In its recent works, Iron Crow Theatre, Baltimore’s queer theatre company, has delved into the subject of death from different angles. From the Jeffrey Dahmer murders in Joseph W. Ritsch’s Apartment 213 to suicide in Sarah Kane’s 4.48 Psychosis, death and its impact on others have been explored with a degree of creative artistry that is open to interpretation. With the world premiere of The Revelation of Bobby Pritchard written by Baltimore playwright Rich Espey currently playing at The Theatre Project, audiences are given another view of death, and in this case two deaths.
The intense one-act play that brings to the forefront the struggle for LGBT acceptance in a Southern town called Boiling Springs with its religious dominance forms the backdrop of a splendid performance by the six-person cast under the deft guiding hand of director Steven J. Satta.
The Revelation of Bobby Pritchard is among the best of Iron Crow’s productions…
Espey’s play relies heavily on flashbacks to 40 years ago that alternate with the present and the use of symbolism, which is laced throughout. Most cast members are called upon to play dual roles reflecting the different time periods, and they do so expertly. To underscore the connections the characters have with religion, the majority perform Church hymns during several points in the play and do so melodiously demonstrating their vocal skills.
Mollie Singer’s simple but imaginative set consisting of several church windows surrounded by light-colored wall sections and two pews amplify the religious themes inherent in the plot. The continuous projections by Travis Levasseur on the windows and the rear wall of the stage depicting clouds, a flowing river, a bullet traveling in slow motion, and even snowfall add to the visual experience. Chris Flint, the lighting designer, does a wonderful job in dimming and brightening the lights to correspond with the past and the present scenes and to illuminate the dramatic exchanges.
The story centers on Martha whose name eventually became Marta played strongly by Julie Herber who has recurring dreams about Bobby Pritchard—a gay man for whom the cause of his demise 40 years ago was never fully resolved. Through her dreams about Bobby and what her recollections were of his death, Marta is compelled to visit rural Boiling Springs to reveal the truth.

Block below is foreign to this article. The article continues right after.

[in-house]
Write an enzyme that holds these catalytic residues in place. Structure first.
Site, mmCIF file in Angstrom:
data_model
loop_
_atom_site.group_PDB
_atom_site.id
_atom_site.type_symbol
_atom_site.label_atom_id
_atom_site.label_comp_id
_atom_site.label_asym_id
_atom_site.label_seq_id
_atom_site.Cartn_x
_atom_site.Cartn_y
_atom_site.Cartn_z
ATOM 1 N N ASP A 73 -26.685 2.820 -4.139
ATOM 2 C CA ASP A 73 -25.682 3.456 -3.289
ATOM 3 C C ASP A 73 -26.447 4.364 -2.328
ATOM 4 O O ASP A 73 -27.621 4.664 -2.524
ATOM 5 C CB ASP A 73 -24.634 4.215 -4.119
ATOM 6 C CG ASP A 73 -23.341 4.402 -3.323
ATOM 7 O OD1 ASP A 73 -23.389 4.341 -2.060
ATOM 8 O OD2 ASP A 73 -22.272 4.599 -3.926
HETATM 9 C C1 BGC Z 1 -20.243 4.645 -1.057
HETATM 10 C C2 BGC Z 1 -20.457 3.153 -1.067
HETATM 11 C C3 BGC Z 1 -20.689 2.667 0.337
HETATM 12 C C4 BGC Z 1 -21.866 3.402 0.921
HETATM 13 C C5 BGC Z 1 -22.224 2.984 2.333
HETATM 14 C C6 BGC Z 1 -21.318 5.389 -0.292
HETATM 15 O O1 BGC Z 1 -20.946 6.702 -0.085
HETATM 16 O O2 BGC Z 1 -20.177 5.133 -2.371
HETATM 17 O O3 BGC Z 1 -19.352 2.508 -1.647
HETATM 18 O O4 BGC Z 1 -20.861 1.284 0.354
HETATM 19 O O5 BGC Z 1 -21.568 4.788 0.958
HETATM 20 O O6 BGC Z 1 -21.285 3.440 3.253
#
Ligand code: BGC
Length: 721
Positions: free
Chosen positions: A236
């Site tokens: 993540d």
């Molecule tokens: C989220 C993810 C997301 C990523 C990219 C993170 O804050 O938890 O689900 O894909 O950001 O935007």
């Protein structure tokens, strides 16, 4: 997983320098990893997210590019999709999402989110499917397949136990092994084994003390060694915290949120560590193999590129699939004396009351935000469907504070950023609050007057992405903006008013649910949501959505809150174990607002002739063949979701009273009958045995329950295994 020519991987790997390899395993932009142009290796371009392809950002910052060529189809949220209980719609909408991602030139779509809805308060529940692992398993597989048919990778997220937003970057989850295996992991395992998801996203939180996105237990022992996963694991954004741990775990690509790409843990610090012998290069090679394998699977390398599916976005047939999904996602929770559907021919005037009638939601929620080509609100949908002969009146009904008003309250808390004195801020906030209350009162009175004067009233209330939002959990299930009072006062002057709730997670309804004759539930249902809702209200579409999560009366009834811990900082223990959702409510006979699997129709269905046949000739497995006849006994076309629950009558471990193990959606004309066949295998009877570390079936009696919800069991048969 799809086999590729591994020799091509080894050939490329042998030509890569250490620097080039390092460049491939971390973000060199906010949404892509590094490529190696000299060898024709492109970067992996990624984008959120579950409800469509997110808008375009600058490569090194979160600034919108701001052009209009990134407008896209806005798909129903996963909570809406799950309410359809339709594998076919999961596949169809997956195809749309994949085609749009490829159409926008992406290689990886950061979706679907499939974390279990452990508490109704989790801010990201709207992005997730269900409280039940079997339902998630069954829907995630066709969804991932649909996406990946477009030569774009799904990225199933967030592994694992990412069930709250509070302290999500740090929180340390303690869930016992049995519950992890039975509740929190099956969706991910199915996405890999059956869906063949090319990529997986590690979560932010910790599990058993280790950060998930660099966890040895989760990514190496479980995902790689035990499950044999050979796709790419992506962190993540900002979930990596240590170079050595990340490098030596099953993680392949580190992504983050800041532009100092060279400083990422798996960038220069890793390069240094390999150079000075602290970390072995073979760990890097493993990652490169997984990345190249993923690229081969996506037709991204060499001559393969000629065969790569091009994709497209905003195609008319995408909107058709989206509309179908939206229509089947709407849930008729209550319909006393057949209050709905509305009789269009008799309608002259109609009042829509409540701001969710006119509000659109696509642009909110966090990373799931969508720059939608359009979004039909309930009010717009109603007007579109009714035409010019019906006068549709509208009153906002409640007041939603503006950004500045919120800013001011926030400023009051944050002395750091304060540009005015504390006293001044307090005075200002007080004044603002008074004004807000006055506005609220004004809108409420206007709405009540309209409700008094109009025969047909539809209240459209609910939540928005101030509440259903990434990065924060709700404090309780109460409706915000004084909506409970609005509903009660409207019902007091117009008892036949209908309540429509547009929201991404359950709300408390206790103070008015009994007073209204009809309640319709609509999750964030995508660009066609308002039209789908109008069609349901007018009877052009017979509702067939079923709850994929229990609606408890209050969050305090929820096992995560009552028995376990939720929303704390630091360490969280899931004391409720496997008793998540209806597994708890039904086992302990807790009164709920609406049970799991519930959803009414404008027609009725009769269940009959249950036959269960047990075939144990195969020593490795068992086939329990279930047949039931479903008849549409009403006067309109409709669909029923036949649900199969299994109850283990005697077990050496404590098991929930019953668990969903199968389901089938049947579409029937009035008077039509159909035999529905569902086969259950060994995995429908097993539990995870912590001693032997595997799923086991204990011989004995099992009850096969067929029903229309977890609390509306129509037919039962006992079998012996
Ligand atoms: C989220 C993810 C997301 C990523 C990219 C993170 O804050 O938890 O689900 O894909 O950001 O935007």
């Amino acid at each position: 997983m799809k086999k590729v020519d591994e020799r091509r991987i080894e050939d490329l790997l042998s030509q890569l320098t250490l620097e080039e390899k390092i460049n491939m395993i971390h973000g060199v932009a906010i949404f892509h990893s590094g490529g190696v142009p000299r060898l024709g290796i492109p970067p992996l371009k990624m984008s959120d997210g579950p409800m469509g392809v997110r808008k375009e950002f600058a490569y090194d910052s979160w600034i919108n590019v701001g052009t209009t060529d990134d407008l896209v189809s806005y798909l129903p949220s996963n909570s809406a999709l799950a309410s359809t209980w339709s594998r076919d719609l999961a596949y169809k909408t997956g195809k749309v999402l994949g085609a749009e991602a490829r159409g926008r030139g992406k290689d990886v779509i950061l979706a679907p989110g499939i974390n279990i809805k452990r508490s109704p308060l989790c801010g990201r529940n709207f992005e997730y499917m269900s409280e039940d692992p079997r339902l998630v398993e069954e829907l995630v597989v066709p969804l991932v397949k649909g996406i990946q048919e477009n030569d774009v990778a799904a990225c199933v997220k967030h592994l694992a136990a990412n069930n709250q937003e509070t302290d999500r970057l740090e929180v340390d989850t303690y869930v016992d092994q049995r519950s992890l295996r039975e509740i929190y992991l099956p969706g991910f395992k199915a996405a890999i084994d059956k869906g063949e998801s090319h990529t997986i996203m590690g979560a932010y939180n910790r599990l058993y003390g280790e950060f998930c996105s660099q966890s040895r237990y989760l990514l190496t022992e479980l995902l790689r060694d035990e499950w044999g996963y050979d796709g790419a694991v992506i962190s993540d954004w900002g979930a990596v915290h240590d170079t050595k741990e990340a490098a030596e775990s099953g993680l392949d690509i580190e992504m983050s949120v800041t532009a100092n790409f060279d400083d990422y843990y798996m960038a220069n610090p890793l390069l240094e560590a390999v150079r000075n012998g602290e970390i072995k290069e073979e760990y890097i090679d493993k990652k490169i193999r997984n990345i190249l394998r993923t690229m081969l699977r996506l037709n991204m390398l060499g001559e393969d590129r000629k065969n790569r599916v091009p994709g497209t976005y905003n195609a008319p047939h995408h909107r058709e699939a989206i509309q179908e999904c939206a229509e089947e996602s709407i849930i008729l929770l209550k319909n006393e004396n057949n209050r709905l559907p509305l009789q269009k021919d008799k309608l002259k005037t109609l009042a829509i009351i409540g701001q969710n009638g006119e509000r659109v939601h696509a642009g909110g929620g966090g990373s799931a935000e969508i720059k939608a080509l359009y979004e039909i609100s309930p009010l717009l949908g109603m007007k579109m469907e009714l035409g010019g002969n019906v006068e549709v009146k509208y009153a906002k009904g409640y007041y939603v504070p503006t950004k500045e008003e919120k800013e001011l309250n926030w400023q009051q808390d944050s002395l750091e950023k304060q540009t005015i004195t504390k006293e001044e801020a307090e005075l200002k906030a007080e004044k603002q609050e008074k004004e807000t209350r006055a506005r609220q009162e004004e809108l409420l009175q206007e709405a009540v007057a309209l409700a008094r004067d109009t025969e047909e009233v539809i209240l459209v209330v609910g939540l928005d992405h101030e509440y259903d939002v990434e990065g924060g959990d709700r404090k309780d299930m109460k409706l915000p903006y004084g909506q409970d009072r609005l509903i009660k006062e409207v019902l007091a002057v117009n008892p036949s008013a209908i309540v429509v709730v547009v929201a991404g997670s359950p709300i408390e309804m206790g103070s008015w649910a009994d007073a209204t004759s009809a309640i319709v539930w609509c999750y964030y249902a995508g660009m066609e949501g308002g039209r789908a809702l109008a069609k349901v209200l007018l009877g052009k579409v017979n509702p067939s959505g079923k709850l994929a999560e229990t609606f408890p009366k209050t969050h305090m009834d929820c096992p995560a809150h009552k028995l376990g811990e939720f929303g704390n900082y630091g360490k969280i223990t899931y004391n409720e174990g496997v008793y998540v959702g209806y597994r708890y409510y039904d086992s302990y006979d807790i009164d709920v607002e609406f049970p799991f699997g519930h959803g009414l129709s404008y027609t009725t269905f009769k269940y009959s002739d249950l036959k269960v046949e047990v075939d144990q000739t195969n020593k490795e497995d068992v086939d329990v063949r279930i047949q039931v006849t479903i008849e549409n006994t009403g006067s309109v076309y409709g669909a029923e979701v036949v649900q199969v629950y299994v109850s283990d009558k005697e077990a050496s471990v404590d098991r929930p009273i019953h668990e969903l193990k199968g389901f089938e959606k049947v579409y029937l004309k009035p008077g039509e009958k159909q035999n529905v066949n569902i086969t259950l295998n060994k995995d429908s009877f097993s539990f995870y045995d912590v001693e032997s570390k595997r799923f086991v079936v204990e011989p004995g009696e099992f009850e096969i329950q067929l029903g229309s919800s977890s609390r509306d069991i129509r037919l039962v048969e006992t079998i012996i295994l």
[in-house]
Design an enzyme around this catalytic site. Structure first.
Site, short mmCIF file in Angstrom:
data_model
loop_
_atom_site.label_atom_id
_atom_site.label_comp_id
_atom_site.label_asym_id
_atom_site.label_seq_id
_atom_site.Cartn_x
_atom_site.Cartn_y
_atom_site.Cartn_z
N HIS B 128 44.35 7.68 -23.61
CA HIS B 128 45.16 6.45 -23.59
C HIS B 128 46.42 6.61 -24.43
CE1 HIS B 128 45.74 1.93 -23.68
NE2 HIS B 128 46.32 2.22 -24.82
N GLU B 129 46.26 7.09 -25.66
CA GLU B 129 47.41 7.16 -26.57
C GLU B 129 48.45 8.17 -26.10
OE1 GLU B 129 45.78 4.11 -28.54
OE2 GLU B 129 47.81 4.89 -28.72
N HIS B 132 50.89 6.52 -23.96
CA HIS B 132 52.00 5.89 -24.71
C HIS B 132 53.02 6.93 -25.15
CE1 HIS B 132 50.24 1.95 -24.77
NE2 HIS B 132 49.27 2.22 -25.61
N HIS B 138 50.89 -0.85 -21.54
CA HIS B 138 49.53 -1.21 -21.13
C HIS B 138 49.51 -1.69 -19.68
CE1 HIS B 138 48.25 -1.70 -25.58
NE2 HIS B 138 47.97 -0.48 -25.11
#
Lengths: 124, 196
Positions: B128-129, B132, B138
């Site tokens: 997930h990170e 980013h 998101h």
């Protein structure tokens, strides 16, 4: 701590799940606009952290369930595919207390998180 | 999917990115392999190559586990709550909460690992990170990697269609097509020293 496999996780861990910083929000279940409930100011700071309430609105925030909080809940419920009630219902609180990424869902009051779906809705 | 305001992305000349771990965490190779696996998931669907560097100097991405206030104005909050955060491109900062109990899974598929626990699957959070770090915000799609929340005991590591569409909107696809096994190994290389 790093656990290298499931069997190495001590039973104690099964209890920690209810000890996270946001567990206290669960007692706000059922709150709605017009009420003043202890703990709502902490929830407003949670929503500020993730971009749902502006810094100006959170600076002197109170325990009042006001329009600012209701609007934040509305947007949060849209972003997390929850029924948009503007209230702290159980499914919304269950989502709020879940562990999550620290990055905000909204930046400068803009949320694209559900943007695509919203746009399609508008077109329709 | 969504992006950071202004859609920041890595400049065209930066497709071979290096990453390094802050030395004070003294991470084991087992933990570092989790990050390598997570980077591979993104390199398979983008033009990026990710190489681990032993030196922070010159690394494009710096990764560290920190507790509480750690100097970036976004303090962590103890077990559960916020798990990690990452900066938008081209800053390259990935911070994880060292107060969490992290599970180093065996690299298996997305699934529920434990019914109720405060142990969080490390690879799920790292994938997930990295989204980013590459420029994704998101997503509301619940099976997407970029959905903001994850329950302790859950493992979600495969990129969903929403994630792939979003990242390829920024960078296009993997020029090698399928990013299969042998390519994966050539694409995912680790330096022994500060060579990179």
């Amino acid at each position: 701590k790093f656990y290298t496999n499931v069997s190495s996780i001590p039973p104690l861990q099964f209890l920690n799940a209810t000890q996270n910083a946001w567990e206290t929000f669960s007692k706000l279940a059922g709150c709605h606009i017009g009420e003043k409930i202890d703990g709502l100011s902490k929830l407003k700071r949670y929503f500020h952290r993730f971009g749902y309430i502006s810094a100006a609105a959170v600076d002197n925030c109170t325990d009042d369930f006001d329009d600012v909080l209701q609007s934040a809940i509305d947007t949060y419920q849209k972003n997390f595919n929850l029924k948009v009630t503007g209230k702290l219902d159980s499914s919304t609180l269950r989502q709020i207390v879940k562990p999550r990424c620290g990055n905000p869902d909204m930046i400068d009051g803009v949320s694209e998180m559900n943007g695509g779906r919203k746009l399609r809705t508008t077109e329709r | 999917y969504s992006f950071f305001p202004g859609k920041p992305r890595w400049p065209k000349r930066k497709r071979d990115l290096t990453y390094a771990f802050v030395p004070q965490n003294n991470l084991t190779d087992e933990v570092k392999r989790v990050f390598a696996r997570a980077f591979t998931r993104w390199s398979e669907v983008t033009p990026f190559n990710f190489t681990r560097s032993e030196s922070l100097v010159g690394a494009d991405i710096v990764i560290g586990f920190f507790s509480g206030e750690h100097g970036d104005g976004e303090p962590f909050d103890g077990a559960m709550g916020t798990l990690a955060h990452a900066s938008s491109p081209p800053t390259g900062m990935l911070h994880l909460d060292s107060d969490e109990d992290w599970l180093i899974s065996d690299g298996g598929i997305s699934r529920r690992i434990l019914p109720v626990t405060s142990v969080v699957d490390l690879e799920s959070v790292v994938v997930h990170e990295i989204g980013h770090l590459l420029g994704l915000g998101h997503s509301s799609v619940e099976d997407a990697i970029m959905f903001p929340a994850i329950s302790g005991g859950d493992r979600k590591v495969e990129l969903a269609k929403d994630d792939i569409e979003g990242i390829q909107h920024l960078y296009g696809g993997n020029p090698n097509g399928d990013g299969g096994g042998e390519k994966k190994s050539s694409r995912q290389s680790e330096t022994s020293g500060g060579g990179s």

She brings her wife Cyn (played wonderfully by Susan Porter) to exchange their vows in the church in which she had grown up. On their visit, she encounters her brother Hank (Dave LaSalle) who is grappling with his own son’s sexual orientation. Pos, a name the son changed from Oren, is a high school baseball star and is played very well by Sean Kelly.
Mr. LaSalle also plays Clem, Hank’s father during the flashbacks, and his intensely powerful performance for both characters added mightily to the play. In perhaps the most dramatic scene, Clem demands Bobby (Sean Kelly) to repent for his sins, but the young man refuses, leading Bobby Pritchard to his mysterious and premature death.
Heather Peacock turns in a solid performance as Mary Charles who is Kathy’s daughter and as young Martha who was willing to set up a faux relationship with Bobby to cover up their sexual orientation. Rounding out the cast is Sarah Lynn Taylor who ably plays Kathy, a girlfriend of Hank’s in the present, and also Martha’s mother in the past.
Both Mary Charles who is genderqueer and Pos were placed in a reparative therapy facility, which had been named for none other than Bobby Pritchard.
The character development, acting, staging, direction and technical elements are all in sync to deliver a powerful message about LGBT rights and the tension with religion. The Revelation of Bobby Pritchard is among the best of Iron Crow’s productions in its four-year tenure.
Running Time: Approximately one hour and 25 minutes with no intermission.
Advisory: The play contains profanity and is not suitable for children.
The Revelation of Bobby Pritchard runs through March 28, 2015 at The Theatre Project, 45 W. Preston Street, Baltimore, MD 21201. Tickets can be purchased by calling 443-637-CROW (2769) or visiting online.